[00:24:11] spk_1: But every

[00:24:12] spk_0: time I fail, I go, Oh, yeah, I could have done that differently. Let's not do that to go.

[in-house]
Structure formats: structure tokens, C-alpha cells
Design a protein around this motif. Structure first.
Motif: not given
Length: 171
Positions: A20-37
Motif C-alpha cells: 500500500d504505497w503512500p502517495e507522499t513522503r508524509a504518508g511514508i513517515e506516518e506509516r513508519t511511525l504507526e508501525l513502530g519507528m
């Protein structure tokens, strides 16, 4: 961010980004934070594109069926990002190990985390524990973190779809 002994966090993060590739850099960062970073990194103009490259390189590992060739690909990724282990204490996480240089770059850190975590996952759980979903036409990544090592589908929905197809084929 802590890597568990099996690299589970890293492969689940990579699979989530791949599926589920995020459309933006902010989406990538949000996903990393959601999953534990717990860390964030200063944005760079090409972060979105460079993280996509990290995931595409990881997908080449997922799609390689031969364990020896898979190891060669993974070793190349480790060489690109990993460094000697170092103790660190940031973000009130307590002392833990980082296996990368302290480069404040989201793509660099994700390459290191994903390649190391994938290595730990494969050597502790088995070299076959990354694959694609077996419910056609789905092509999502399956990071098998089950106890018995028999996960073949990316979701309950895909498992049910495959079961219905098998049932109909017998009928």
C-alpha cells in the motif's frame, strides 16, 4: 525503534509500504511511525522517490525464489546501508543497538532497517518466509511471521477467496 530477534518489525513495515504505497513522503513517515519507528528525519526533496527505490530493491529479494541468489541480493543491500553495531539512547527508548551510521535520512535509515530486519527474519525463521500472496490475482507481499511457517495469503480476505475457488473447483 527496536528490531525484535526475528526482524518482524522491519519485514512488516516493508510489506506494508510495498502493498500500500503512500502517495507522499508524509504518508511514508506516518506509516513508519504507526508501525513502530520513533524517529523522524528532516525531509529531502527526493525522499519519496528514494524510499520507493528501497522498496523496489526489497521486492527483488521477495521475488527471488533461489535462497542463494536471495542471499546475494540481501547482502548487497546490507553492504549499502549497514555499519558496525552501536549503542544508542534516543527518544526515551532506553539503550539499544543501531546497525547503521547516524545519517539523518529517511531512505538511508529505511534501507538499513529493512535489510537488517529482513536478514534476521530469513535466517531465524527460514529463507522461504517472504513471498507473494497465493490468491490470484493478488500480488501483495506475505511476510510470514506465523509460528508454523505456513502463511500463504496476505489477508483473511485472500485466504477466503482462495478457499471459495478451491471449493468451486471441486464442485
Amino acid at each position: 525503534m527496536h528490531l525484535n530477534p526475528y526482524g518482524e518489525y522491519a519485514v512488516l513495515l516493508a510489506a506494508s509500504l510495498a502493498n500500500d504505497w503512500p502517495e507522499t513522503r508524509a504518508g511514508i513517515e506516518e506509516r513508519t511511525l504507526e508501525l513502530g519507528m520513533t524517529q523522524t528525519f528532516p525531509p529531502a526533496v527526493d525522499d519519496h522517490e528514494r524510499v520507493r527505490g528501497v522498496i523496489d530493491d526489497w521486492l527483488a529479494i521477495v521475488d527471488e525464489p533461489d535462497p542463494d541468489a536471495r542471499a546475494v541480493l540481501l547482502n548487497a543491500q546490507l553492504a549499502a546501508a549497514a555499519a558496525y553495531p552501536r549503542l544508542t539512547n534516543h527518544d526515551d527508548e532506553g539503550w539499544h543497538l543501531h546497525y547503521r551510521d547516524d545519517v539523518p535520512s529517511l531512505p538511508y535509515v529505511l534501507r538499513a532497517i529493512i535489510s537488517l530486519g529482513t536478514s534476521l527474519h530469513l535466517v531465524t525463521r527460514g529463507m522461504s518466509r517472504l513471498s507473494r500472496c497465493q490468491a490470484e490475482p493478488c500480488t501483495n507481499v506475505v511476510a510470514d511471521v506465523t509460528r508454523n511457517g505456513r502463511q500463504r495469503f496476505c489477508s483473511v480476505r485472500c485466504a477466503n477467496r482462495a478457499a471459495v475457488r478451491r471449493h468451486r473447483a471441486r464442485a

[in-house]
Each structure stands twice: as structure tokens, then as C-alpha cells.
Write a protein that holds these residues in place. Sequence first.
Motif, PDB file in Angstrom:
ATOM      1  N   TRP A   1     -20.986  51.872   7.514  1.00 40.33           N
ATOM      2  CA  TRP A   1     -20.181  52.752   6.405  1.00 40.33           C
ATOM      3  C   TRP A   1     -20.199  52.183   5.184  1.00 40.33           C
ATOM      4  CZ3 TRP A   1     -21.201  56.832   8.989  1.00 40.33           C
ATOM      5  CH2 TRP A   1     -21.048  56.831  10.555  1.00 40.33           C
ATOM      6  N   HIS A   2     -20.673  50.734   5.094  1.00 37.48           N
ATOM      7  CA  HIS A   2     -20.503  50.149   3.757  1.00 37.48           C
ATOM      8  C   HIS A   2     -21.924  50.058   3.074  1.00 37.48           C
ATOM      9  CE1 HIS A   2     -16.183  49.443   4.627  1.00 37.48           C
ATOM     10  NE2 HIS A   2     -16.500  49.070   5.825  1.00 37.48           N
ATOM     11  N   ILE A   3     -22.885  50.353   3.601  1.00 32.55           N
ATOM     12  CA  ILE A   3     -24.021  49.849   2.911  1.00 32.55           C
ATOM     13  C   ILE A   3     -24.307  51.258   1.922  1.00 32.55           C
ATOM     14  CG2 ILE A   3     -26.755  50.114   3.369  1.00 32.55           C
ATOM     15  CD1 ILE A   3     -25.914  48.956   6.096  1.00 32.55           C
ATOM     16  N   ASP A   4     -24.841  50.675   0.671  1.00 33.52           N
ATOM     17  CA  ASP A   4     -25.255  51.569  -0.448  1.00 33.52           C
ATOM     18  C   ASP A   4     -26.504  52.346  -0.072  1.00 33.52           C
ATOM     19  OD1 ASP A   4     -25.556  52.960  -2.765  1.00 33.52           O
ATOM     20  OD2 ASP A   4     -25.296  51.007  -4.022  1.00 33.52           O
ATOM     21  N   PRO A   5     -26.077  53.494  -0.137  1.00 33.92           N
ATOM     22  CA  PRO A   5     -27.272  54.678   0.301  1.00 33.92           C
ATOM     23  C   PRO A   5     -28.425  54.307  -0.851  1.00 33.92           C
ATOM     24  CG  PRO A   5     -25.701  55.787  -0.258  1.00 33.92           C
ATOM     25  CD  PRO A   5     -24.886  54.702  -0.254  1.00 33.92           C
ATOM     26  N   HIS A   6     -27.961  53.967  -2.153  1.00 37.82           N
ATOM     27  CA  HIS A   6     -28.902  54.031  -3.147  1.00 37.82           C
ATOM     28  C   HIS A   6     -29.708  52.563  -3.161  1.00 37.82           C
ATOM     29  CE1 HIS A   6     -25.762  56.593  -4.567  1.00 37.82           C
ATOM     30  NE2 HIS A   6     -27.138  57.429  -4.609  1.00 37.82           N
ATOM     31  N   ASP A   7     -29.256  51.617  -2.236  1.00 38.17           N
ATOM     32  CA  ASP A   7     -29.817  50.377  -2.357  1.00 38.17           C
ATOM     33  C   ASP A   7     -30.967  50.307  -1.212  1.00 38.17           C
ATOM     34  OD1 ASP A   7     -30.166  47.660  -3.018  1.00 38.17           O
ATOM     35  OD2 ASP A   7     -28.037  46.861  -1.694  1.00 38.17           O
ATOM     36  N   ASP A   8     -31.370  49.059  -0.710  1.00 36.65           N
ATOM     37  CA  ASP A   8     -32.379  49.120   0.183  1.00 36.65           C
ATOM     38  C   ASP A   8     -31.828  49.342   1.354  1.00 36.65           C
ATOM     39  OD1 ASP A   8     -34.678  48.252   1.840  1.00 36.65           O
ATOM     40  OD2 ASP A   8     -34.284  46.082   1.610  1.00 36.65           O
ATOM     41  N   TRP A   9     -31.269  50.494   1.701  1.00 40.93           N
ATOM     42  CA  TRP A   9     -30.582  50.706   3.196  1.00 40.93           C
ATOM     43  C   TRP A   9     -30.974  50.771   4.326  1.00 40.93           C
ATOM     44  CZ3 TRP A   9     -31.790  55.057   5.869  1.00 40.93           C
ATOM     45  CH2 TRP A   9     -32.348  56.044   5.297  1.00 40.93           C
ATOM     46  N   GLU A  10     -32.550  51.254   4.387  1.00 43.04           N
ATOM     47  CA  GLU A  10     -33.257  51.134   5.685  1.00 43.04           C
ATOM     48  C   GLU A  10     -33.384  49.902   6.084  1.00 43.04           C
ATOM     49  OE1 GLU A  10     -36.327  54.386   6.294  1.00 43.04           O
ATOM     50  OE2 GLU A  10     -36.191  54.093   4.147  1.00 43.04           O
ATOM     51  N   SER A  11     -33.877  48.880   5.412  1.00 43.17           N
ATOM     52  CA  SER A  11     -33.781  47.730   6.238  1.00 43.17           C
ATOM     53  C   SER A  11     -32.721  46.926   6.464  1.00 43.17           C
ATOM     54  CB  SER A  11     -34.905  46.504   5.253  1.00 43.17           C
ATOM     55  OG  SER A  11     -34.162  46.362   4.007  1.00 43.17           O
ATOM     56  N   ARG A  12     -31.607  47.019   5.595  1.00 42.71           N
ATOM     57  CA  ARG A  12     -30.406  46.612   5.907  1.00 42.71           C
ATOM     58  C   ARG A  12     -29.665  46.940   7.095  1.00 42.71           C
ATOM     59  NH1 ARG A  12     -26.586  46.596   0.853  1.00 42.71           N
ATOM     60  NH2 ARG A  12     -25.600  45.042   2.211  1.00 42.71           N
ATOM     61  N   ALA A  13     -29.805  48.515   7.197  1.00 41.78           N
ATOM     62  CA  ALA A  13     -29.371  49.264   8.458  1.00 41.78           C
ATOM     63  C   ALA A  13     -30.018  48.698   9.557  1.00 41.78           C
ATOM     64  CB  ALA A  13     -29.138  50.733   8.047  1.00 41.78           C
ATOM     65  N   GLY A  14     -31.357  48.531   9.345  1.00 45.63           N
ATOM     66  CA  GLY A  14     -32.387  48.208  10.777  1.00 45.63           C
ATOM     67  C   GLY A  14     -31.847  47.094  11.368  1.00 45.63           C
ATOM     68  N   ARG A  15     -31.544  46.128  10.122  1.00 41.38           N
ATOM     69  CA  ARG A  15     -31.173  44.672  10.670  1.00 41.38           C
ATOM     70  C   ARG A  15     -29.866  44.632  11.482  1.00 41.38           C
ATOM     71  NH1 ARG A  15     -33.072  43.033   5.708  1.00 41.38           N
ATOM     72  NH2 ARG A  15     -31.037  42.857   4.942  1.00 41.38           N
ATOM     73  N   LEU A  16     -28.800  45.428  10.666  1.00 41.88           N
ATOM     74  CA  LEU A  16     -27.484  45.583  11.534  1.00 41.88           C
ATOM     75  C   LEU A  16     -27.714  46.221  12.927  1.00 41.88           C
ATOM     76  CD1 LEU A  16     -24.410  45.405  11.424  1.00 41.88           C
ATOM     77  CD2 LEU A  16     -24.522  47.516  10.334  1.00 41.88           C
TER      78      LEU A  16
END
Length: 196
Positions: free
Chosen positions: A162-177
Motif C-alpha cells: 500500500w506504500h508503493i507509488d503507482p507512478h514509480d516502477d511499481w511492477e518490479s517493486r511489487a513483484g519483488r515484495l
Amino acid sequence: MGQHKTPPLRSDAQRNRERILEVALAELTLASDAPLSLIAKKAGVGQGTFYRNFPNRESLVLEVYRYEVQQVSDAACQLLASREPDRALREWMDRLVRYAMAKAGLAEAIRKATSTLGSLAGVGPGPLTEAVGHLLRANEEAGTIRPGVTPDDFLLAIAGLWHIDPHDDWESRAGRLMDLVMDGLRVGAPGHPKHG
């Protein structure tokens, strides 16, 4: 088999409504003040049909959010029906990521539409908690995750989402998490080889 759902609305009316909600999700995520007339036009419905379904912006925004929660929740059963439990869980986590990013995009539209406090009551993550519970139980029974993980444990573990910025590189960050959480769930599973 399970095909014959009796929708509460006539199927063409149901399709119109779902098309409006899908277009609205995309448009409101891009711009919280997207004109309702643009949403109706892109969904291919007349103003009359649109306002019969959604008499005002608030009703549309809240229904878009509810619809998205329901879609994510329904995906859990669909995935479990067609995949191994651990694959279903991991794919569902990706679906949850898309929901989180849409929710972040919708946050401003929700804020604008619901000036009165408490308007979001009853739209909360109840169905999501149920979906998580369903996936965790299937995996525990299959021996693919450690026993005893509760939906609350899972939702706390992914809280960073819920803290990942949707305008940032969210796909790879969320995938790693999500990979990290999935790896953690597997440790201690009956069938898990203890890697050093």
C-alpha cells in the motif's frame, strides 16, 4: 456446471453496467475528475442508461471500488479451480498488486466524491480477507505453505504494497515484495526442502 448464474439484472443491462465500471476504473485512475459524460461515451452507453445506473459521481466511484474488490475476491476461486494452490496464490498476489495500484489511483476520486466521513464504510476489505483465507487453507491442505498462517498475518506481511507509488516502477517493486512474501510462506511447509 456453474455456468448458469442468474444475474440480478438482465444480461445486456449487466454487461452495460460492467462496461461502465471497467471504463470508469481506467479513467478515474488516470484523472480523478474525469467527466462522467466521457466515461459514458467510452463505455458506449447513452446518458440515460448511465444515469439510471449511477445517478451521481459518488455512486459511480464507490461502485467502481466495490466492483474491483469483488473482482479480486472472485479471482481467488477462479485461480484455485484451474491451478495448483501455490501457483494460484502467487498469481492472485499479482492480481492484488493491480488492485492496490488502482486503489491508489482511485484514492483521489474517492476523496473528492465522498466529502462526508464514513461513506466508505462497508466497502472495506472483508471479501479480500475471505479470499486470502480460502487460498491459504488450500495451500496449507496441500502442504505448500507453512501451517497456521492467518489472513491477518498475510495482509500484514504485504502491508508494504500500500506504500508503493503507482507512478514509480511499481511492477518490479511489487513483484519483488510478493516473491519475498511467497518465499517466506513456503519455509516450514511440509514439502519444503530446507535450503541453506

[00:24:17] spk_1: And that's the point that that is, that every day. And that's the one thing that I love about learning is. It's not linear so and I understand the 1% better principle. But some days you're gonna be 25% worse. So in average, let's get an average of being better daily, because the thing is, is that that is life like understanding. And it makes me think of even like my husband learning like our Actually, if we actually pulled up our disk yesterday, we both did on I'm a d I. He's an SC, Um, and how do we communicate better and it's not to come in, And that's the one thing that I love that you're talking about, and I think we've hit on it. A lot of times with this podcast has been unapologetically bold. Is not that you get to walk out in your dominance and say, This is who I am This is how I act. It's understanding who you are and understanding what best ways that we can have conversations, what best ways that we can know ourselves so that we can help others walk out in that confidence or we can actually help communicate. And it's more over those win win situations that are so important to understanding that we're all different and one of my things that my listeners have heard me say a billion times I don't like like minded people. I like light hearted. I want to have a mission. But my best growth is whenever I've been around people that do not think like me, and I got to work because they're going to come up with cooler idea than I can ever thought of, like I never want to be the smartest person in the room. If I am, I need to leave that room, and I think this in essence sums up a lot of what we've talked about in the past and past podcast to that. I just think it's just so beautiful. So I am so grateful for you. I'm like, you'll see what? I'm excited that I get her like I can I can have her and, like, just a short drive. You're such an amazing woman. You are. I love the work that you do. I love your heart. Um And I love just the care that you have for people, because that's really what? The first time I heard you, you talk, Um, in a meeting. I'm like, Oh, she gets it. She gets she understands people. And I Now I see. I think it's a lot of your analytical two of seeing as a power. It's a superpower, and and a lot of people are like, Oh, God, there just nerves. Like they just, like, look at books and they just type out. And I'm like, No, you need your analytical people. You really do, Um and I think that's important. So I just want to say thank you. Thank you so much for joining me today. And I want to say thank you for all that. Have listened. I hope you have an amazing and blessed day. Thank you so much for tuning in to this episode of unapologetically bold. I'm not sorry for If this test shoot anyway, please like and subscribe and share with your friends as we continue the message of being unapologetically bold by being hot. Humans who are humble, open and transparent. See you next time.